In the past couple weeks I've finally been reading some horror that I haven't already mentioned in this thread.
I read Stephen King's latest, Duma Key
, a couple weeks ago. Here's the review I posted on my LiveJournal:
Stephen King is something of an albatross for certain devotees of horror fiction; his willingness to be crude offends those for whom horror should only be about subtler terrors, and his success stymies those who fetishize the marginality of the genre. But I've always admired King's work. As with most prolific writers, the quality of his output is variable. He has a weakness for bloated prose and excessively colorful characters. But the best of his horror stories are genuinely terrifying masterworks of the form, and over the years he's demonstrated a real capacity for emotional range and insight. His 2006 novel Lisey's Story, perhaps his best book to date, was a meditation on the power of marriage and on the line between genius and madness, showing the dangerous otherworld to which a bestselling writer goes for inspiration. And here now is Duma Key, another novel concerned with art and its power for both good and evil.
Edgar Freemantle was a very successful Minnesota contractor until he lost his right arm in an accident with a crane. Moving to a remote Florida island after the breakup of his marriage, Freemantle begins to experiment with painting as a way of keeping himself from despair. The resulting art is good, in fact astonishingly so. But why does Freemantle's missing arm seem to tingle? Why does the elderly woman who lives nearby think his work might be dangerous? And what long-buried secret is Duma Key hiding?
You will perhaps have gotten the sense from all this that Duma Key is a pretty traditional horror story, and you're right. It's ultimately one of its author's minor works, albeit a well-crafted and frequently one. At over six hundred pages, longtime readers of King may fear his trademark bloat, but if it's present here it's only barely so. It's true that not much happens in the first two hundred pages, but King uses that space to set up his characters and offer the subtle hints of encroaching evil that define any good horror story. Unfortunately, the characters in question are not among King's best. The portrayal of Freemantle's recovery from his accident is effective-- that pernicious master, biographical criticism, suggests that King's own road back from his 1999 car accident-- but there's not much else going on in his life. His neighbor, Elizabeth Eastlake, is battling Alzheimer's, and while her struggle is presented with some degree of pathos she's not well-drawn enough for it to resonate much; instead it feels vaguely manipulative, like a bad movie of the week. Her caretaker, Wireman, is another of King's excessively "clever" characters who overload us with their tedious sayings and homespun wisdom. No one ever quite springs to life.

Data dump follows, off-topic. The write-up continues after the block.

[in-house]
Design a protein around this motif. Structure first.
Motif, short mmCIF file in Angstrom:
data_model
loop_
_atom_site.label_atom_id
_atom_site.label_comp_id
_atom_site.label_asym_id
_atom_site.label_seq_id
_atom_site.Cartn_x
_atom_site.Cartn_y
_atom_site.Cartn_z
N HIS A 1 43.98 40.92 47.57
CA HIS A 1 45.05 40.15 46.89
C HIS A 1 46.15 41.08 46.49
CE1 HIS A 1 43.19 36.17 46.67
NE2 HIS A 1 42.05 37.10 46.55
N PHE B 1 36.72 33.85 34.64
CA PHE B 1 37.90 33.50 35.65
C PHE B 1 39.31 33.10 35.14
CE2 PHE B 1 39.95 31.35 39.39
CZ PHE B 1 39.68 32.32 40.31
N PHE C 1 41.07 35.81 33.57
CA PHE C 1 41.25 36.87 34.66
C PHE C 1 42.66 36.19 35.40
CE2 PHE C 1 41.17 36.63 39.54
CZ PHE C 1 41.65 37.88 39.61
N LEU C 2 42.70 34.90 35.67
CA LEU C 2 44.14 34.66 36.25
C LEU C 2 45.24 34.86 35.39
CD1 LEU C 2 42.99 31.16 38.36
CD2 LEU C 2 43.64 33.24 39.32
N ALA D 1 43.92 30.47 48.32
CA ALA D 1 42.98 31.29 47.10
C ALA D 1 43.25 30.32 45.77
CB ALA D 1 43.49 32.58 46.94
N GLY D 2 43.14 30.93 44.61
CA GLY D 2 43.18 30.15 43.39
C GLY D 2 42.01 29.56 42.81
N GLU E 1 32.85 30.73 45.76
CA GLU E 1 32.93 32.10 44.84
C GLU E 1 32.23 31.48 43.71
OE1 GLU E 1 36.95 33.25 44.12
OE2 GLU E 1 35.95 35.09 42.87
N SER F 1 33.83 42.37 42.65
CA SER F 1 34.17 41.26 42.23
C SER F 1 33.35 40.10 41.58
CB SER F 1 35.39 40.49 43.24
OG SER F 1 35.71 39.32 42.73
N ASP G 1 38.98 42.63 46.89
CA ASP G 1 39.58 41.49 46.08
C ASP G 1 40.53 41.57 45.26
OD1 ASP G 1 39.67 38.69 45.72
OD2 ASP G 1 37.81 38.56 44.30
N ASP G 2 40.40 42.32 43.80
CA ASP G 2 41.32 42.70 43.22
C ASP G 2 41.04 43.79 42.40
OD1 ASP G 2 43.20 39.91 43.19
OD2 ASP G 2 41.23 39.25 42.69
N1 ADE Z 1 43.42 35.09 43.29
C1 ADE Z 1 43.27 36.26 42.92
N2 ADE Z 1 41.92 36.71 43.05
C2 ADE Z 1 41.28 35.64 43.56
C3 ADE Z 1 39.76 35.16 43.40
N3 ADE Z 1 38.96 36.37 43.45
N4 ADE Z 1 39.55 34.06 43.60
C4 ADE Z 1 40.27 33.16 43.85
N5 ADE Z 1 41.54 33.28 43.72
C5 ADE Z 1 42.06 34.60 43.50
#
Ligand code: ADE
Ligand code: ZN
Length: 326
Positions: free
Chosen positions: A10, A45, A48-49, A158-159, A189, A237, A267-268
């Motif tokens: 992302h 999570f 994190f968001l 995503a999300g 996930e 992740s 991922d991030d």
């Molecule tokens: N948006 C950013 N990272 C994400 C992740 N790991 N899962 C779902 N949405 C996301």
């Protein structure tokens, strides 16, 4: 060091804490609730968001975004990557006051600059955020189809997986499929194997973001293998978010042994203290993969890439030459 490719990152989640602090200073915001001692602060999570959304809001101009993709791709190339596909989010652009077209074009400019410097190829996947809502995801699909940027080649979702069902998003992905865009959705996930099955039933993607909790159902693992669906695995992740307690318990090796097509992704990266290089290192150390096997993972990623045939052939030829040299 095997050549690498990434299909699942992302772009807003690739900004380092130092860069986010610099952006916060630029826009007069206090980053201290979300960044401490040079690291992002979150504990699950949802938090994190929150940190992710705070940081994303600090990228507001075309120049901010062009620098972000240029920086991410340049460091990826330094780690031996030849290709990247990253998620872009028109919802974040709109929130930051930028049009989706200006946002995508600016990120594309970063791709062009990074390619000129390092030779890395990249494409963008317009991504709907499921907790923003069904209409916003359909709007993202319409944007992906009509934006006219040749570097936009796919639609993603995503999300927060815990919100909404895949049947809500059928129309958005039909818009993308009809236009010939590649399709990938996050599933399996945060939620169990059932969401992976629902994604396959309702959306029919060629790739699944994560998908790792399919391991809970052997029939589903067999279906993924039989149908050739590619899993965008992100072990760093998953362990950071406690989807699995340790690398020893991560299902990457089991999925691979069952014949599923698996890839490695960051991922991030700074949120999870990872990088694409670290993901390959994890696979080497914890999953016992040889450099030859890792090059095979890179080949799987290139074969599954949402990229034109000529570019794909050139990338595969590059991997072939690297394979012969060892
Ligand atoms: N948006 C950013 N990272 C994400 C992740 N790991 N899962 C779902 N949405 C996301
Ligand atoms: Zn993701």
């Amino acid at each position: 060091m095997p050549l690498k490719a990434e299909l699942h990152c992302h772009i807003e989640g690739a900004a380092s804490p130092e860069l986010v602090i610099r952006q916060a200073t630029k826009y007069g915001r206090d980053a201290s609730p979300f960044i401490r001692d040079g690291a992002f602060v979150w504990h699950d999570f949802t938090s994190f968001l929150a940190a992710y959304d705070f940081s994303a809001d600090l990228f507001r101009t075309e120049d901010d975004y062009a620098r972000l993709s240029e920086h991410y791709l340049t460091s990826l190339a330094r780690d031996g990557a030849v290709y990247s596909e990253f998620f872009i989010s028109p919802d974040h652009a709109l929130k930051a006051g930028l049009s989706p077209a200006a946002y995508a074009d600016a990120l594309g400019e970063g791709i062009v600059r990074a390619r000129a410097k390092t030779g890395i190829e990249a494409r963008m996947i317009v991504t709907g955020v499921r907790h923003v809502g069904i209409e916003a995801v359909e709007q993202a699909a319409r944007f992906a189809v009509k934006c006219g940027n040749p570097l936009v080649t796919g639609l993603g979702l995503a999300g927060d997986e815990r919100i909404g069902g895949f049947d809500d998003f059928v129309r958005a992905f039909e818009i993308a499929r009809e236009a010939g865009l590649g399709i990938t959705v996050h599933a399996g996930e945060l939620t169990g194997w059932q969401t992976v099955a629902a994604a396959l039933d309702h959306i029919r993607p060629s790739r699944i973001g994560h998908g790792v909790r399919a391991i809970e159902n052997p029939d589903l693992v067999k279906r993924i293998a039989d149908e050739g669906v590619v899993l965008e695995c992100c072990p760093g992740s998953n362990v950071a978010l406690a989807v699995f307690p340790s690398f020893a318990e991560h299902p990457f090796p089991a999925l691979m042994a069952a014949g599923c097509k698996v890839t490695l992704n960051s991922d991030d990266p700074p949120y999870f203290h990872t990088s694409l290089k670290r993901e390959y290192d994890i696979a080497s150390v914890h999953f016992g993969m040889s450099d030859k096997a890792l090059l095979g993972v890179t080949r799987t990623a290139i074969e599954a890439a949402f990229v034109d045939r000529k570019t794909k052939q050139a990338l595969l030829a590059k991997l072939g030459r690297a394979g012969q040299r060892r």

The horror elements are strong, though. King has never been a great prose stylist, but his eye for disturbing imagery and his control of pace more than make up for this deficit. The malevolent force that's behind it all is explored but never really explained, and that's all to the good: it is more potent as a mysterious evil than it would be if wrapped up in some of King's clunky, quasi-philosophical world-building. (I'm thinking here of books like It, Insomnia, and From a Buick Eight, all of which I do like.) The supernaturalism is generally quite minimal, as it happens; the antagonist tends to act through human agents, which provide a nice counter to its noncorporeal presence. I can't say that Duma Key is a terrifying novel, but it's genuinely unsettling at times, and that's enough for me.